Leftist Ideologues Use Big-Lie Technique to Slam School Choice

Led by the Center for American Progress (CAP), a left-wing think tank founded by John Podesta, who later served as chairman of the Hillary Clinton presidential campaign, the political left is attempting to smear the modern school-voucher movement as the offshoot of a racist scheme to keep black children in segregated Southern public schools in the 1960s.

That is such a gross distortion as to be a damnable lie.

CAP’s propagandists focus on the shameful attempt of one Virginia jurisdiction, rural Prince Edward County, to thwart court-ordered desegregation by closing its public schools in 1959. While the county’s whites could obtain public tuition grants to attend an all-white academy under a hideously misnamed “freedom of choice” plan, black civil rights leaders declined to participate in taking such handouts obviously designed to perpetuate a segregated system. Not until President John F. Kennedy and Attorney General Robert Kennedy joined Virginia leaders in marshaling support behind a stopgap Prince Edward Free School in 1963 did black children have access to formal schooling. In 1964, the Supreme Court finally ordered the Prince Edward public schools reopened.

A CAP-affiliated “news” blog called ThinkProgress opened the smear campaign on January 10, 2017, by praising U.S. Sen. Elizabeth Warren (D-MA) for exposing the “racially charged history” of school choice vouchers. That blast came in the context of Warren harshly criticizing Betsy DeVos, who was then the education secretary nominee. Warren insinuated because DeVos is strongly pro-voucher, she would surely would be weak on civil rights enforcement.

On July 12, CAP followed up with a turgid 11-page white paper titled, “The Racist Origins of Private School Vouchers,” which was mostly devoted to the sad Prince Edward saga (as was the ThinkProgress piece).

Hypocrisy alert! Warren herself co-authored a book in 2003 that advocated for a school voucher system, in part to save middle-class families from buying homes beyond their means in order to be zoned to desirable public schools. Moreover, the progressive Senator didn’t envision just a partial subsidy but rather private-choice vouchers paying “the entire cost of educating a child.”

In advocating for a voucher system, was Warren aligning herself with a long-rotting racist scheme? Or is her perception of history no more clear-minded than her unsubstantiated claim of Native American heritage?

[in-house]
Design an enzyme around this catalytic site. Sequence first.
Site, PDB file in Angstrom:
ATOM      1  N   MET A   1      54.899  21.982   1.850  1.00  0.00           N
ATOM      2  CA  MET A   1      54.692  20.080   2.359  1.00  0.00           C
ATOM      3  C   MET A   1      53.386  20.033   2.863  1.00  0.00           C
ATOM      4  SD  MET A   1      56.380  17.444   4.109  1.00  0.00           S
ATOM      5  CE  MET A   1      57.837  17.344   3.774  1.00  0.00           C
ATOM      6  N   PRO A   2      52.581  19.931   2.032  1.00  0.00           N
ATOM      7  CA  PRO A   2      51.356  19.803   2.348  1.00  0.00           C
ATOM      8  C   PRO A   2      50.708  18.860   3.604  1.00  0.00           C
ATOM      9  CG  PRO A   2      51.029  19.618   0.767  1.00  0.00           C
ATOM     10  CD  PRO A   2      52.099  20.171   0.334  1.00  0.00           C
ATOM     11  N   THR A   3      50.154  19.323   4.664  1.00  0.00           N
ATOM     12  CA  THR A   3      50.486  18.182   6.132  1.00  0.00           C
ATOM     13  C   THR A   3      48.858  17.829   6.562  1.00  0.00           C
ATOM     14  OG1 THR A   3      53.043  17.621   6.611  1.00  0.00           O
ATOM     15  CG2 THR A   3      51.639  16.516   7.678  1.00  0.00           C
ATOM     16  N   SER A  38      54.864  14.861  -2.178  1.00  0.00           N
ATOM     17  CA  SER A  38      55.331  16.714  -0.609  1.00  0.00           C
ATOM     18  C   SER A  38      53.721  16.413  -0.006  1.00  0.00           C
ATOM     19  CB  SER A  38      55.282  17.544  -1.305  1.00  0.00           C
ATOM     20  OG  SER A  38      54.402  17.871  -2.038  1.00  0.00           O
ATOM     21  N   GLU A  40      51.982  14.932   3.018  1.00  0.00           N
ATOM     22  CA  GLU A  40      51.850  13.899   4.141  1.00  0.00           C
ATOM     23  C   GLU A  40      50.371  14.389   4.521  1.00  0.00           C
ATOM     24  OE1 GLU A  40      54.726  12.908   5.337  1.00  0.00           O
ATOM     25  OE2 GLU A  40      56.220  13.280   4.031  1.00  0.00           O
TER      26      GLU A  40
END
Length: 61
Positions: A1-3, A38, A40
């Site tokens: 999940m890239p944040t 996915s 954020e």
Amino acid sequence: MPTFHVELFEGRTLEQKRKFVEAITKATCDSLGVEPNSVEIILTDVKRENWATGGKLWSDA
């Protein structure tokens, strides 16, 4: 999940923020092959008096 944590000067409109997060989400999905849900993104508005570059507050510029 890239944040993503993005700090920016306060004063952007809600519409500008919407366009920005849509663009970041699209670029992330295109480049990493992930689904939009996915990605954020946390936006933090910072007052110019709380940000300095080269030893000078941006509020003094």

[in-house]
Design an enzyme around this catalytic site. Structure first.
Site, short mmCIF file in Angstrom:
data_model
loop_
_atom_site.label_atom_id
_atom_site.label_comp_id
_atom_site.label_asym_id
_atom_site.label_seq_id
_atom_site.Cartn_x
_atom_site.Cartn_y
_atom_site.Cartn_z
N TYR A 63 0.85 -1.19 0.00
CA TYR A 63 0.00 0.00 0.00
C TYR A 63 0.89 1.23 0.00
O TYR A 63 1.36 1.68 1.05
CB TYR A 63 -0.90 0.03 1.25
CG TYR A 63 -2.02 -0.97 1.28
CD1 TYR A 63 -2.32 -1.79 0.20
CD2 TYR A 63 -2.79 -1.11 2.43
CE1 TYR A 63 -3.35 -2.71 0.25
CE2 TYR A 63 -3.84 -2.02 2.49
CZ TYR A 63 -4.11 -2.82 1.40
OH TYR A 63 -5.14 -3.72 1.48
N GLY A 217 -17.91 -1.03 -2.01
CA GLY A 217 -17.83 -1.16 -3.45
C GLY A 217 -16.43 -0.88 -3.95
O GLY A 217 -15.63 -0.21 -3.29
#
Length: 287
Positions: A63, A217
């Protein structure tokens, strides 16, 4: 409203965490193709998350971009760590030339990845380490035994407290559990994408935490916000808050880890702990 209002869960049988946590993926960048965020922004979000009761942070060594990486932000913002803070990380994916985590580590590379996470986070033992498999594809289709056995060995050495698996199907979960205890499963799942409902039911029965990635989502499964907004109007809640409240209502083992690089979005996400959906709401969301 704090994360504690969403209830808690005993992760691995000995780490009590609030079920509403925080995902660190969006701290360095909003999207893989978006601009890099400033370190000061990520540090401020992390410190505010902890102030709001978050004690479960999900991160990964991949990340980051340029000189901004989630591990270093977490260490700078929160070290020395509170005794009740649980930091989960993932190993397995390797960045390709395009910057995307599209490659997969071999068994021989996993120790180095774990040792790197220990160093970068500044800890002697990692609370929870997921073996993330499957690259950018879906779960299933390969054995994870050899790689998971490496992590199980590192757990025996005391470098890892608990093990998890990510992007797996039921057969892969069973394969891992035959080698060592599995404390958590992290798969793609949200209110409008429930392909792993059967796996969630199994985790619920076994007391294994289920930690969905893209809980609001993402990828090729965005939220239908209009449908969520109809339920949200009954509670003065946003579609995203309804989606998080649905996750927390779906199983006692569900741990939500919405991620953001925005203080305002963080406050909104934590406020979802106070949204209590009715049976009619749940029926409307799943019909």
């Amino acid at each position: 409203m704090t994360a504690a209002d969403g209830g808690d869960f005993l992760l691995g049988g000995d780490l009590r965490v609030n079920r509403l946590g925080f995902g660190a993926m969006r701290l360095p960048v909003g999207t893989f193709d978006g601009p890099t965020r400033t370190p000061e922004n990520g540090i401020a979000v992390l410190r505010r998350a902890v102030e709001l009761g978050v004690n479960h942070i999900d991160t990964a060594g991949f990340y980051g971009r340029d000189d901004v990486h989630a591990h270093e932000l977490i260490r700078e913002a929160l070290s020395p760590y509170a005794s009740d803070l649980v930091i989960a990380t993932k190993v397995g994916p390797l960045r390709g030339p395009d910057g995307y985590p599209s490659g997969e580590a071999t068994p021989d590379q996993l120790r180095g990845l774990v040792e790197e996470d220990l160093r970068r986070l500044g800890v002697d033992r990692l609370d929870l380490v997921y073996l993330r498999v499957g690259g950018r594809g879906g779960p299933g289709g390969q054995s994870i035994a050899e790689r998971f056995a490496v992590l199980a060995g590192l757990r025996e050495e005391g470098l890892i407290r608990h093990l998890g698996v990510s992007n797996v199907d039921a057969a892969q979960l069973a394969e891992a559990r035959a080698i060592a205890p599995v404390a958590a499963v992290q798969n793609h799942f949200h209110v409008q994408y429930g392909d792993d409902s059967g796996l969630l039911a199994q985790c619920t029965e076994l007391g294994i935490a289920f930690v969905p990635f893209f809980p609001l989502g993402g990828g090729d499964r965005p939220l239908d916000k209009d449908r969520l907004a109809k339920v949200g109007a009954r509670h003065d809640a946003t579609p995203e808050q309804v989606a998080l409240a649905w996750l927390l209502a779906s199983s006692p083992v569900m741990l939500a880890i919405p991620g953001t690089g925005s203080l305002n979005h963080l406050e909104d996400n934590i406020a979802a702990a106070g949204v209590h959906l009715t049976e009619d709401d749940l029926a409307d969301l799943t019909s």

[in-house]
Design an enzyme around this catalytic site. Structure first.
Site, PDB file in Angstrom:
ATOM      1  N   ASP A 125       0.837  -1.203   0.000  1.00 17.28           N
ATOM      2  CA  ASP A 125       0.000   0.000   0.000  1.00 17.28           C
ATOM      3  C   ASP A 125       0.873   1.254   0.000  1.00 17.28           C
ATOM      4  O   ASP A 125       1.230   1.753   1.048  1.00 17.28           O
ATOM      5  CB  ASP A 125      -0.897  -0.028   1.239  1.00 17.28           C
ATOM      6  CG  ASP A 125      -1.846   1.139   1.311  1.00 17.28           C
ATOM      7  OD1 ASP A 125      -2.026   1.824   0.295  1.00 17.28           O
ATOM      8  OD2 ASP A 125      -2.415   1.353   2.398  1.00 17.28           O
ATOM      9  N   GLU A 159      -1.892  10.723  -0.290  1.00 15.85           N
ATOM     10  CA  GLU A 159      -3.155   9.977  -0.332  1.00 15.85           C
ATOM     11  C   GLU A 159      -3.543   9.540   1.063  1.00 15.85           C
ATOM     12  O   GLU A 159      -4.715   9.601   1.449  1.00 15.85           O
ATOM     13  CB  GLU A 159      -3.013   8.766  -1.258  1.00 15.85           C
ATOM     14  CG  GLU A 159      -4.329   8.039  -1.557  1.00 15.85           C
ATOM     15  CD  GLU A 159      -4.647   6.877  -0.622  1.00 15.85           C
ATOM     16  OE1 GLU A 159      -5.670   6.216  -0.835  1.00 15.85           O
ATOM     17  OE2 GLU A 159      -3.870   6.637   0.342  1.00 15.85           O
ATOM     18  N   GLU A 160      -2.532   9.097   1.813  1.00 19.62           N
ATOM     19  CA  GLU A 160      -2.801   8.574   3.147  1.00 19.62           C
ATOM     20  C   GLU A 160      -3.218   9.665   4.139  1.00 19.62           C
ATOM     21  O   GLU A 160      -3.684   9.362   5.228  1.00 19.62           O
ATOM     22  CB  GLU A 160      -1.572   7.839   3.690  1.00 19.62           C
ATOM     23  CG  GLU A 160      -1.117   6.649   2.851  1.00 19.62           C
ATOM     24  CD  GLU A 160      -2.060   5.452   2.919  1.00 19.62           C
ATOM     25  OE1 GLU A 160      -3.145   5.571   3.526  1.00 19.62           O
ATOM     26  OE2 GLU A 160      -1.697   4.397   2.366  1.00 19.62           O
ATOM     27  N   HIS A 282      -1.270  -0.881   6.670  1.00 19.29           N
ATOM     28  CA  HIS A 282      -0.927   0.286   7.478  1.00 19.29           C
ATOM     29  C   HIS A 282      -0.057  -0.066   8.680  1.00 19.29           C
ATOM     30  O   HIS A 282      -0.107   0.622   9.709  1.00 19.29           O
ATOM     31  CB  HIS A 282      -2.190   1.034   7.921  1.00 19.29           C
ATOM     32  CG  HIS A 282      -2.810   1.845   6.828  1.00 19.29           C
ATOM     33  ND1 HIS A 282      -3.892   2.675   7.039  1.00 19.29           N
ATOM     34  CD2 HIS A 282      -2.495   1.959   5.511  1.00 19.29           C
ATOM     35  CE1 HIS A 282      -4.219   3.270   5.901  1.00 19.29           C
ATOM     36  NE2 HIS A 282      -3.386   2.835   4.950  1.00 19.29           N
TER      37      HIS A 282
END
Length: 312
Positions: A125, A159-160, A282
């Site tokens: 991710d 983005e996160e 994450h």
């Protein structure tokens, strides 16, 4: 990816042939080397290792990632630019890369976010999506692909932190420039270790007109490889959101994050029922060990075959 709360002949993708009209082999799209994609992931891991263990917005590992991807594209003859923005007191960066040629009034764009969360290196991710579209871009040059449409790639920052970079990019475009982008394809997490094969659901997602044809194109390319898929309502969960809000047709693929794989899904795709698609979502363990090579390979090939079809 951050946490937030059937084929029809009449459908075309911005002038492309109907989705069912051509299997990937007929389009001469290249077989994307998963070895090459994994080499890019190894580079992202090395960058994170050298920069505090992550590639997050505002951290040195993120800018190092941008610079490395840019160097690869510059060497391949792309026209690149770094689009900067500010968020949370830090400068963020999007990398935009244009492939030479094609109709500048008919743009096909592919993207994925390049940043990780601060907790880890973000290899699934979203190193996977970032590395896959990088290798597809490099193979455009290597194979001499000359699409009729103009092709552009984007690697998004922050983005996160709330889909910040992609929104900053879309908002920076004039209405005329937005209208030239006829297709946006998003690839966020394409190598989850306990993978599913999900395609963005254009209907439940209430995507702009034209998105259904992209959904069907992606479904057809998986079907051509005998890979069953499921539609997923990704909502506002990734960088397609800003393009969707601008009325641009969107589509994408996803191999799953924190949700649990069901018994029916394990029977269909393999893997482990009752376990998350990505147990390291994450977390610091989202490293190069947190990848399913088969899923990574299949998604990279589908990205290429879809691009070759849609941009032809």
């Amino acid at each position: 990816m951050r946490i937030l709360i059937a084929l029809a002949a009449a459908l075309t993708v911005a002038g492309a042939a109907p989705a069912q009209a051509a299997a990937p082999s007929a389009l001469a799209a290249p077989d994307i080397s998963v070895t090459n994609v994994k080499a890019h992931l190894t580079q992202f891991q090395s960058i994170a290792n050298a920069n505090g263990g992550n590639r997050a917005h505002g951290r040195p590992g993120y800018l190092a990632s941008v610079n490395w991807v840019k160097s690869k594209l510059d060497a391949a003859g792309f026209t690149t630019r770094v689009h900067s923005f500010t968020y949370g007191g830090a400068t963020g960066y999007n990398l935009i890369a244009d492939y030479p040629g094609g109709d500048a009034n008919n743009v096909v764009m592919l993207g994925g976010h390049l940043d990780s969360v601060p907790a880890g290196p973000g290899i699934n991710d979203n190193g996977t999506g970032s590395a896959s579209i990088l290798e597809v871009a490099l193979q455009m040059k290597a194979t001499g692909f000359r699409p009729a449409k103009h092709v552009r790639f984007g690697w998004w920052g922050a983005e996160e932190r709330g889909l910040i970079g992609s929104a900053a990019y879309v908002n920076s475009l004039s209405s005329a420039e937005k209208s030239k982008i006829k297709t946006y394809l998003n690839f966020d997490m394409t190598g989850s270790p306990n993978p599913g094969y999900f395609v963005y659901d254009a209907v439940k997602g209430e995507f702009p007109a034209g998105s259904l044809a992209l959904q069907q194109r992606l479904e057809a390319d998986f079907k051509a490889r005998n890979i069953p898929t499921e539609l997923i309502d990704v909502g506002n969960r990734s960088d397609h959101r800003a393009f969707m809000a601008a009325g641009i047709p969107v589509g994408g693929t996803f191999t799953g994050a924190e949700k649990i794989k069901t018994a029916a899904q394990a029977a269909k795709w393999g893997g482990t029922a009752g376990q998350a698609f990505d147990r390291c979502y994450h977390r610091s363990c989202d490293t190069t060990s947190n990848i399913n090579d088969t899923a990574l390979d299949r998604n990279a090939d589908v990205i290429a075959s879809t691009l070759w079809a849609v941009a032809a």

As a young writer just out of journalism school, I lived with and through a significant portion of the education history in question, settling into Prince Edward residency as a news-bureau chief for the Richmond Times-Dispatch just as the Free School was coming to fruition and remaining there through the death throes of the unwise and unjust school-closing scheme. Therefore, I am confident I know more about what went down in Southside Virginia than Elizabeth Warren ever will.

In regular chats with town and county officials, police officers, everyday citizens, and leaders of the local black community (notably, the Rev. L. Francis Griffin), I came to understand that most whites saw the civic and social structure they and their forbears had always known crumbling around them. Fear, more than hatred, occupied their hearts. In adopting the wrong-headed course of closing the public schools, their leaders took their cue from the policy of “massive resistance” to racial integration espoused by Virginia Sen. Harry F. Byrd—the Democratic boss of a formidable political machine—in the wake of the Supreme Court’s historic Brown v. Board of Education decision.

Never once did I hear one of Prince Edward’s inner circle mention the voucher concept, first broached by economist Milton Friedman in his 1955 paper “The Role of Government in Education,” as the inspiration for their resort to a phony free-choice plan based on state tuition grants. If they had, the hypocrisy would have been even thicker than Liz Warren’s. Friedman championed universally available private-choice vouchers with the goal of breaking down statist barriers and creating opportunities for all within an educational marketplace. The segregationists’ objective was to use government dishonestly to preserve white privilege.